Indeed, the surge in violence against civilians across Afghanistan remains unabated. The United Nations Assistance Mission in Afghanistan (UNAMA) in its latest quarterly report released on April 25, 2017, disclosed that, in the first quarter of 2017 (January 1 – March 31), it documented 2,181 civilian casualties (715 dead and 1,466 injured). During the corresponding period of 2016, according to the report released on April 17, 2016, UNAMA had documented 1,943 civilian casualties (600 deaths and 1,343 injured). UNAMA reports which categorize civilian casualties by “party to the conflict”, i.e., civilian fatalities by Anti-Government Elements (AGEs), Pro-Government Forces (PGFs), jointly by the AGEs and PGFs, and Unattributed Explosive Remnants of War, states that while AGEs were responsible for 60 per cent of the total casualties in the first quarter of 2016, their involvement increased to 62 per cent in 2017. According to partial data compiled by the Institute for Conflict Management (ICM), at least another 240 civilians have been killed in Afghanistan since April 1, 2017 (data till June 9).
Fatalities among Afghan National Defense and Security Forces (ANDSF) also continue to remain alarmingly high. According to the Special Inspector General for Afghanistan Reconstruction’s (SIGAR) quarterly report released on April 30, 2017, from January 1, 2017, through February 24, 2017, at least 807 ANDSF personnel were killed and 1,328 were wounded. SIGAR’s quarterly report released on April 30, 2016, had stated that in the first two months of 2016, at least 820 ANDSF personnel were killed in action and 1,389 were wounded.
Worryingly casualties among civilians and SF personnel have been constantly rising. According to UNAMA, civilian fatalities have increased, on year on year basis, since January 1, 2009, when UNAMA began systematically documenting civilian casualties in Afghanistan, with an exception of 2012 when they declined marginally from 7,842 in 2011 to 7,590 in 2012. Also, according to the SIGAR report, at least 6,637 ANDSF personnel were killed and 12,471 wounded in 2015. The number of ANDSF personnel fatalities increased to 6,785 the period between January 1, 2016, and November 12, 2016. At least 11,777 personnel were wounded.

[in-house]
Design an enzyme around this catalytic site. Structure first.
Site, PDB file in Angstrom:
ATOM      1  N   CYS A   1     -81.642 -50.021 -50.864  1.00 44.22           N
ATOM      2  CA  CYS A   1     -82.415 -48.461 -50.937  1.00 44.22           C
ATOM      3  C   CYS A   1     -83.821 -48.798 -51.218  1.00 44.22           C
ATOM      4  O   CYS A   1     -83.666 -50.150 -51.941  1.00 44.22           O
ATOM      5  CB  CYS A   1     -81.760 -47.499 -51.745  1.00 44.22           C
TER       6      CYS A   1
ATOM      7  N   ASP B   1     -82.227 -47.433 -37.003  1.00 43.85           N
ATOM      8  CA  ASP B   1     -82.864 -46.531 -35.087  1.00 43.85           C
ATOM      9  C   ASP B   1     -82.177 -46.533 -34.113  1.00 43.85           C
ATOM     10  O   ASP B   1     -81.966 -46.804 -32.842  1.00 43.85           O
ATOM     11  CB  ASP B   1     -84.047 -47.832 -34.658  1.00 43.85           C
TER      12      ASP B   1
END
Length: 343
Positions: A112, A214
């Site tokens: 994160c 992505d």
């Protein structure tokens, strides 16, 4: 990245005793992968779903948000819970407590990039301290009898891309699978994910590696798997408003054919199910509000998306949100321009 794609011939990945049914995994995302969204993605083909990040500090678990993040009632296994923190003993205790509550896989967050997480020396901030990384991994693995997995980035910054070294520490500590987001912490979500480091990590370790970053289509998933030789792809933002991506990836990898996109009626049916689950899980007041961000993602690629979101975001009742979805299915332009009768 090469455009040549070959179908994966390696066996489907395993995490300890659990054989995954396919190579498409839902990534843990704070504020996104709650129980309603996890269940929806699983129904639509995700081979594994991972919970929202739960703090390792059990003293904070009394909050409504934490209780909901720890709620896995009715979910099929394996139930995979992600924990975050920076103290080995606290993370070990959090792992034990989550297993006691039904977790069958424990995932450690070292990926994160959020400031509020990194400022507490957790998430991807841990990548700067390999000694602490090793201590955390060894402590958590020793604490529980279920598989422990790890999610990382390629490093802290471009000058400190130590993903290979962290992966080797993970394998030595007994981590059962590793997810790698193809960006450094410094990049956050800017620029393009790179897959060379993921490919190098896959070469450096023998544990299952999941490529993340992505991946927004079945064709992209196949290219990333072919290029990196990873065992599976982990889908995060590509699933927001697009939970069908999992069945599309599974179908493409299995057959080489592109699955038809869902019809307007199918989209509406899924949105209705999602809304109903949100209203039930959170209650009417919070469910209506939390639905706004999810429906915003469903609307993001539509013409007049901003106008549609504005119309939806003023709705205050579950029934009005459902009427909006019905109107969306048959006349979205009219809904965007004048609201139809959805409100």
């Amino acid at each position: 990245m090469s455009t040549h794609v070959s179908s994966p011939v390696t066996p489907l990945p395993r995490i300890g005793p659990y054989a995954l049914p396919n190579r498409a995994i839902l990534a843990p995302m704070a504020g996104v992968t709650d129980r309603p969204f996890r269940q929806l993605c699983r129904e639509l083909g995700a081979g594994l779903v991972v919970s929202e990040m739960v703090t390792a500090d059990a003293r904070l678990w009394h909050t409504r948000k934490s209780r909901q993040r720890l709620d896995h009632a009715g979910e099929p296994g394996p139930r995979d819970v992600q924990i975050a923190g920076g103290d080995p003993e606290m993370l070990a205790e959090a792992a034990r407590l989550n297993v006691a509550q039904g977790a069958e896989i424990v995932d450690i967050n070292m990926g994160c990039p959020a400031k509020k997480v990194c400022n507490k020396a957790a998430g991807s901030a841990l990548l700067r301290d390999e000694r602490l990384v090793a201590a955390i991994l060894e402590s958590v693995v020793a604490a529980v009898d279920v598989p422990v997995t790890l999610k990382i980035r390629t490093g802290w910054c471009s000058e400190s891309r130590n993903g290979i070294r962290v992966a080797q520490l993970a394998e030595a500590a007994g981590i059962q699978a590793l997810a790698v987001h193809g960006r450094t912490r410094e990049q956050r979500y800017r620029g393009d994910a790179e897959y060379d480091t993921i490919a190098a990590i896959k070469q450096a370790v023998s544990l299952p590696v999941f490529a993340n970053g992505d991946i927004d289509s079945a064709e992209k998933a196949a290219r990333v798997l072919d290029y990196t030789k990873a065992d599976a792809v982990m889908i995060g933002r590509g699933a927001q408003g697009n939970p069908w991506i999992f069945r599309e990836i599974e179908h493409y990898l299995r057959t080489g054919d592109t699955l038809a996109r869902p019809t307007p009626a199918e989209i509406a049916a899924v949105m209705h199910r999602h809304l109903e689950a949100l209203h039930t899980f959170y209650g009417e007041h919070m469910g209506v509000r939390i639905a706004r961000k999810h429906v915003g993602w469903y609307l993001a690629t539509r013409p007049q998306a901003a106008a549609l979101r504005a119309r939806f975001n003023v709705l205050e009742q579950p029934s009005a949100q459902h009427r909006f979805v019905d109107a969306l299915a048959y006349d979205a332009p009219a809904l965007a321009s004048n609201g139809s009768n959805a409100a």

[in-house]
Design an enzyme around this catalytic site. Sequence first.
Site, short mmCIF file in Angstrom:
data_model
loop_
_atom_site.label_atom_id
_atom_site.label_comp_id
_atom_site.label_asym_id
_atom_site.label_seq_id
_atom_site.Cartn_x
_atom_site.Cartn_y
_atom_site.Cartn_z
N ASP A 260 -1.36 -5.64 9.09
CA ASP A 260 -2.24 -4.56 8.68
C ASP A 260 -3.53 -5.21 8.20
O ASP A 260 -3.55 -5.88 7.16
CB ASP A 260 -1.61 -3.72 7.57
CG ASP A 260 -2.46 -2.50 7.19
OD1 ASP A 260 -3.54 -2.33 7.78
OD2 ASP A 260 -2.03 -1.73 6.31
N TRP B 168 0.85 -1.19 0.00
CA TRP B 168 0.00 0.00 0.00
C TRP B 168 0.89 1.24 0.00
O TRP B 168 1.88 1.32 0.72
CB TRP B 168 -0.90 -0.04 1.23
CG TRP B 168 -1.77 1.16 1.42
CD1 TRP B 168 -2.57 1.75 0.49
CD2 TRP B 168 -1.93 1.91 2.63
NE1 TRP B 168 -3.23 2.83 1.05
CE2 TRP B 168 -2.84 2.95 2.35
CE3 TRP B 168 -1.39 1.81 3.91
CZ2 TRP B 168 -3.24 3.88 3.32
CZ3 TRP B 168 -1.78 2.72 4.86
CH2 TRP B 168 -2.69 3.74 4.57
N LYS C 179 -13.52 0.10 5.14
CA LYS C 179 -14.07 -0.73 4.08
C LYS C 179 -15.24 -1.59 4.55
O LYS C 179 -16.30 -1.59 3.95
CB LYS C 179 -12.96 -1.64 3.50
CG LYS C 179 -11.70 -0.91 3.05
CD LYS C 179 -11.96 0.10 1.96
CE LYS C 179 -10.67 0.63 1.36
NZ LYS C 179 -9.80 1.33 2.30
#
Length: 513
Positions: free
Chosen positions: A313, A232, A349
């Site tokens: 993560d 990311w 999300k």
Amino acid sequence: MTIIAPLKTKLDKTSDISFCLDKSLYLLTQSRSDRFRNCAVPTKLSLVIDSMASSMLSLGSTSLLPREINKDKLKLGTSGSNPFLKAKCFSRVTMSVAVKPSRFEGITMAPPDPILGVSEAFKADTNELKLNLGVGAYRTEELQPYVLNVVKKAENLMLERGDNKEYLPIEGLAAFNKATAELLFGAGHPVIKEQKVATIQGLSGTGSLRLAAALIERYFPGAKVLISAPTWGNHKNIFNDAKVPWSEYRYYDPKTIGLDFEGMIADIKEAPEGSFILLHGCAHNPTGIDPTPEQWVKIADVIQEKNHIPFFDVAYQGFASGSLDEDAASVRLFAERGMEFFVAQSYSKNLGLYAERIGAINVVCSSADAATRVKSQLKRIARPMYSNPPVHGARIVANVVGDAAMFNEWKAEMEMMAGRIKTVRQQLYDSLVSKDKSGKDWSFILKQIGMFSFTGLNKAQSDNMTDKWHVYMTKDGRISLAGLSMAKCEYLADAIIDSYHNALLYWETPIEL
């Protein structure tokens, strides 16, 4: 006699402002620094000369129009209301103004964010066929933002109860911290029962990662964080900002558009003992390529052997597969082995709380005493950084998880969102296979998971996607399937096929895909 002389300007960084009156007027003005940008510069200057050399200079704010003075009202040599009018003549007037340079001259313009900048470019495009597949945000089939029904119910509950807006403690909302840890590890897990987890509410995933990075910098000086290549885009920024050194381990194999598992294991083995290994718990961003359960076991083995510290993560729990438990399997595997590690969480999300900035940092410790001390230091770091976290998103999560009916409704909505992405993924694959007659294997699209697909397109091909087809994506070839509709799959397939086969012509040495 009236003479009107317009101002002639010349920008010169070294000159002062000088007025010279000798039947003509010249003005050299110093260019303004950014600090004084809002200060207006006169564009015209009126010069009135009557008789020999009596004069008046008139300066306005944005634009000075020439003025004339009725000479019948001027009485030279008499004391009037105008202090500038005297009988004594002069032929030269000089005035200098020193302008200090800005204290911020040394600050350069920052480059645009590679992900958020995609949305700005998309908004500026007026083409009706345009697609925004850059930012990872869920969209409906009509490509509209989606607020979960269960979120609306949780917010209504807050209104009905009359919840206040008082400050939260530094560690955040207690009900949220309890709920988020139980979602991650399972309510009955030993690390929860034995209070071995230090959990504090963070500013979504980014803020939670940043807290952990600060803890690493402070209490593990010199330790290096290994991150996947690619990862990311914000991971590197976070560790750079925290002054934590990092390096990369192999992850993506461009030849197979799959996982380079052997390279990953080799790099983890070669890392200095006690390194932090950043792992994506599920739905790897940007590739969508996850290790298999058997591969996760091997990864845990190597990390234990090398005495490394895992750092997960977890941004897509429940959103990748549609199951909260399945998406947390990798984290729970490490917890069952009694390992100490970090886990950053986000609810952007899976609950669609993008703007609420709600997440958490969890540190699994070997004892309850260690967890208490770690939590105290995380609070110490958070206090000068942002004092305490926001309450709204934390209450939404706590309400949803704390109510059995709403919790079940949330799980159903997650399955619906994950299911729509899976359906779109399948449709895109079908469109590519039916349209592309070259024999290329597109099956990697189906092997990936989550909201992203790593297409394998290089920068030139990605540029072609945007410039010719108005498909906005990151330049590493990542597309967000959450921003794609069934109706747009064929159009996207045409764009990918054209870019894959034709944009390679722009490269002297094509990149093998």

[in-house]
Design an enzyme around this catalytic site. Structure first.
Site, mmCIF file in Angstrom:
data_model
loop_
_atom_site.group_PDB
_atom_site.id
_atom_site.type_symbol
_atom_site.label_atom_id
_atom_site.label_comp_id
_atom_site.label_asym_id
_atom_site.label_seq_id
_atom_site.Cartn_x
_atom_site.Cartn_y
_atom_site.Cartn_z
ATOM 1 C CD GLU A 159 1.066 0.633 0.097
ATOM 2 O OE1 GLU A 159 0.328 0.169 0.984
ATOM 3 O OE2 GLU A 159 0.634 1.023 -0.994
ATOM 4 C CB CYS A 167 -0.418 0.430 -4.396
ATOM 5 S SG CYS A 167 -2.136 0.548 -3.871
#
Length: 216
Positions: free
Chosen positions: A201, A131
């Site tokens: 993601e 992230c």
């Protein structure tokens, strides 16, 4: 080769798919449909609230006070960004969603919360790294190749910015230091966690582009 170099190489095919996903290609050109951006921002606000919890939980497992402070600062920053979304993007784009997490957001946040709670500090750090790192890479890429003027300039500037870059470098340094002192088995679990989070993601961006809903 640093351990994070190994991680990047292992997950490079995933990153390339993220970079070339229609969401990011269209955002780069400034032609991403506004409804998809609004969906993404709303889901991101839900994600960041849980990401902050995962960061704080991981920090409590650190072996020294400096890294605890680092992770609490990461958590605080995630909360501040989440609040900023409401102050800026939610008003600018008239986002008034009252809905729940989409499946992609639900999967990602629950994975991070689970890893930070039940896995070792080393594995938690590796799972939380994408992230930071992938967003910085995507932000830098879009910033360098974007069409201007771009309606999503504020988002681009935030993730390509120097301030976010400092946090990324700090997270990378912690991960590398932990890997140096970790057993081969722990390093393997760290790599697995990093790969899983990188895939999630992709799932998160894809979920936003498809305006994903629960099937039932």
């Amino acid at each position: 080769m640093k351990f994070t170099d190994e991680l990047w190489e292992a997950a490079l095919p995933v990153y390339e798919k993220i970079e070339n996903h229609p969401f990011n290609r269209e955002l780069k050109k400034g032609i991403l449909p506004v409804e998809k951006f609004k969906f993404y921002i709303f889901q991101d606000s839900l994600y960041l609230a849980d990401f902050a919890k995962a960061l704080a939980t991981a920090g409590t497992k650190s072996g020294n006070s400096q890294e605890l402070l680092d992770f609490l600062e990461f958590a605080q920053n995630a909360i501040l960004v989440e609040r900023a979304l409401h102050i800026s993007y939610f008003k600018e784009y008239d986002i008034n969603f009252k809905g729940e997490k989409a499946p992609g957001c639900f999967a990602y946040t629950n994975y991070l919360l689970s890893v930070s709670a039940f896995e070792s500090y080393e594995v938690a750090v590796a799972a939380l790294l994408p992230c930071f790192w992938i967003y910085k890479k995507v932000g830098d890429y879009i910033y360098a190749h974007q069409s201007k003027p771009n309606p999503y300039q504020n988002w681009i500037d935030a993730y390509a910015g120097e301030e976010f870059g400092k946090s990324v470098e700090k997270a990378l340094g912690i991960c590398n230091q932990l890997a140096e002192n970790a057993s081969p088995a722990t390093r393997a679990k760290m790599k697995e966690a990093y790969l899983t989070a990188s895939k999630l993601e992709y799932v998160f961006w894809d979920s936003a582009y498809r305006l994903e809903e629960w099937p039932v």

Though there is no authoritative data on the number of terrorists/insurgents killed in Afghanistan, according to partial data compiled by the ICM, this figure is also increasing, on year on year basis, since 2015. At least 6,030 militants were killed in 2014, rising to 10, 628 in 2015, and further to 11,469 in 2016. The current year has already seen at least 4,318 insurgent fatalities. Most of the militants killed belonged to the Taliban though, according to President Ghani, there are at least 20 international terrorist groups operating inside the country.
The emergence of Islamic State and the resultant turf war between the Taliban and the Islamic State has further worsened the security situation. According to the SIGAR quarterly report, as of February 20, 2017, insurgents controlled or influenced around 11 per cent of Afghanistan’s total territory. Significantly, insurgents were controlling or had influence over just six per cent of total territory in January 2016. Moreover, the Afghan Government, which controlled or had influence over 71 per cent of territory in January 2016, now controls or has influence over just 60 per cent of the territory. The ‘contested areas’ increased from 23 per cent in January 2016 to 29 per cent in February 2017.